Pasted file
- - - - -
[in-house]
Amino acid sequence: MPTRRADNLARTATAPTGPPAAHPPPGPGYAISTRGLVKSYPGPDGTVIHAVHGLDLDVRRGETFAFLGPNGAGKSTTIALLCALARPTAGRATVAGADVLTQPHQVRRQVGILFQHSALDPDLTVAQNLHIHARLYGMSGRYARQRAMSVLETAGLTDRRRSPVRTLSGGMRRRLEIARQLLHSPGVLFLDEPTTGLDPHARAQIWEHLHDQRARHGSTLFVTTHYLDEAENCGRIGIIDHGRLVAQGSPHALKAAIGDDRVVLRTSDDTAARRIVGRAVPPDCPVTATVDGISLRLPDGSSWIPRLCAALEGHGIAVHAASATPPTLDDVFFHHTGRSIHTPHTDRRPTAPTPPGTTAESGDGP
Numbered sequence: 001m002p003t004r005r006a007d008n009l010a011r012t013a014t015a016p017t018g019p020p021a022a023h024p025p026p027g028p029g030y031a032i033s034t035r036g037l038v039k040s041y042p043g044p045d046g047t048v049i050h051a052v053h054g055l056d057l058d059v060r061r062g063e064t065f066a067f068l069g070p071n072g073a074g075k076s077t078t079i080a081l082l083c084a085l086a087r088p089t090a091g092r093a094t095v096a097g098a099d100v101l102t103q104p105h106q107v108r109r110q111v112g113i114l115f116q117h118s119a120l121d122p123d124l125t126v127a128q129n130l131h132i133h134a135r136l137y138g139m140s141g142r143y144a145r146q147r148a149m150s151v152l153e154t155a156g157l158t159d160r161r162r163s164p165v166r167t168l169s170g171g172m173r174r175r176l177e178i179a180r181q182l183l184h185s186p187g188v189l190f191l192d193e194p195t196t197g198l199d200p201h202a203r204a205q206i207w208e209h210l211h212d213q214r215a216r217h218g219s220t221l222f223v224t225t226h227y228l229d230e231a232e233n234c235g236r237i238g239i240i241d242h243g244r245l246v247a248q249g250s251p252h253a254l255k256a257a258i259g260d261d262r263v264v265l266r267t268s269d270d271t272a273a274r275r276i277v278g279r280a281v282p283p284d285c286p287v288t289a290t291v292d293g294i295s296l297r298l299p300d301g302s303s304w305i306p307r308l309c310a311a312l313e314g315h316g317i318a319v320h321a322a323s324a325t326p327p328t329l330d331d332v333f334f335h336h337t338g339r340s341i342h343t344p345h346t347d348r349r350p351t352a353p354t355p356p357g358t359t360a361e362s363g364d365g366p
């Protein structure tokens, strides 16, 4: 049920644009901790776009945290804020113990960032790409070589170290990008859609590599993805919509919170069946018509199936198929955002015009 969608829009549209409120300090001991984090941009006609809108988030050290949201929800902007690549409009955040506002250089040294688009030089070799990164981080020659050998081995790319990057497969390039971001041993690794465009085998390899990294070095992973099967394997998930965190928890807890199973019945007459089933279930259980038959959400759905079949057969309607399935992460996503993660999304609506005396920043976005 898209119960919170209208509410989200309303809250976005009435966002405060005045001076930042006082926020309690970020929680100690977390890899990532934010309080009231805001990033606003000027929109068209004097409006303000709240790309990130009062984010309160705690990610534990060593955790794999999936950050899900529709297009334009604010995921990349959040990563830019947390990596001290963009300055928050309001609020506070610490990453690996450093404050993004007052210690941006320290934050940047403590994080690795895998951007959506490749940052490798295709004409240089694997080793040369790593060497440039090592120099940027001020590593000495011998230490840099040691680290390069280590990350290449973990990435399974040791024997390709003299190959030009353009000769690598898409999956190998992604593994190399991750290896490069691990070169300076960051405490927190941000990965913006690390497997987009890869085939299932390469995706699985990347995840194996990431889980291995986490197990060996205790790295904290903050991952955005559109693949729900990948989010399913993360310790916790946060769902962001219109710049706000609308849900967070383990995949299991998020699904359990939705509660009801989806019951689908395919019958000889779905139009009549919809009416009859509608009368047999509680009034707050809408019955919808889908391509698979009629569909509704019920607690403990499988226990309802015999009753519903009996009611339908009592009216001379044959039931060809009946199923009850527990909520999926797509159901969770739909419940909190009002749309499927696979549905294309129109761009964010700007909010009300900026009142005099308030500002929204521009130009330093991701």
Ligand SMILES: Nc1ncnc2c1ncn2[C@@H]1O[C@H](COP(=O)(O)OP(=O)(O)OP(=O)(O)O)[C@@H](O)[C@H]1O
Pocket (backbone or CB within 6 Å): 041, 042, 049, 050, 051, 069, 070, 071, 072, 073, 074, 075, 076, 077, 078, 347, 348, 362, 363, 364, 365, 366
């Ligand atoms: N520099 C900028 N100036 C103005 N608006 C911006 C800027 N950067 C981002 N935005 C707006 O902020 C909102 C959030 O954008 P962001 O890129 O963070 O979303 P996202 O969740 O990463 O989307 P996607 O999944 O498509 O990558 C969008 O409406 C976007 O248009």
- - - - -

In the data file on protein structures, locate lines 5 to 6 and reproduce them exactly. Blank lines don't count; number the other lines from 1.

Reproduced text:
Ligand SMILES: Nc1ncnc2c1ncn2[C@@H]1O[C@H](COP(=O)(O)OP(=O)(O)OP(=O)(O)O)[C@@H](O)[C@H]1O
Pocket (backbone or CB within 6 Å): 041, 042, 049, 050, 051, 069, 070, 071, 072, 073, 074, 075, 076, 077, 078, 347, 348, 362, 363, 364, 365, 366